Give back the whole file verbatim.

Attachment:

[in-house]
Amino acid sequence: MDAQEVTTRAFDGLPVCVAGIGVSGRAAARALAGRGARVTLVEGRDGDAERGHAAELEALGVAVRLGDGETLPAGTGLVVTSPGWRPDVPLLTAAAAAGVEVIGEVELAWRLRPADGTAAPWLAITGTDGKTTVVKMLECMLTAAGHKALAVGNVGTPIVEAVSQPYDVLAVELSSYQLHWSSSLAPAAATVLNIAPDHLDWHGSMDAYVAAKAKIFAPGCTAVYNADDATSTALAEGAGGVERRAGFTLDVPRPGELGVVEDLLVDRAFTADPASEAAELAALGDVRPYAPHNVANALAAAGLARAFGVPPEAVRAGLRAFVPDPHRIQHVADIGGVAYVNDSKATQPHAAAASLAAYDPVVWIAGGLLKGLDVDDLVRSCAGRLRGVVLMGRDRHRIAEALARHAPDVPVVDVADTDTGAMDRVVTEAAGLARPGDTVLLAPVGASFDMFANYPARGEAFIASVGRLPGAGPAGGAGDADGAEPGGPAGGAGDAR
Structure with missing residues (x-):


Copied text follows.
[in-house]
Amino acid sequence: MDAQEVTTRAFDGLPVCVAGIGVSGRAAARALAGRGARVTLVEGRDGDAERGHAAELEALGVAVRLGDGETLPAGTGLVVTSPGWRPDVPLLTAAAAAGVEVIGEVELAWRLRPADGTAAPWLAITGTDGKTTVVKMLECMLTAAGHKALAVGNVGTPIVEAVSQPYDVLAVELSSYQLHWSSSLAPAAATVLNIAPDHLDWHGSMDAYVAAKAKIFAPGCTAVYNADDATSTALAEGAGGVERRAGFTLDVPRPGELGVVEDLLVDRAFTADPASEAAELAALGDVRPYAPHNVANALAAAGLARAFGVPPEAVRAGLRAFVPDPHRIQHVADIGGVAYVNDSKATQPHAAAASLAAYDPVVWIAGGLLKGLDVDDLVRSCAGRLRGVVLMGRDRHRIAEALARHAPDVPVVDVADTDTGAMDRVVTEAAGLARPGDTVLLAPVGASFDMFANYPARGEAFIASVGRLPGAGPAGGAGDADGAEPGGPAGGAGDAR
Structure with missing residues (x-):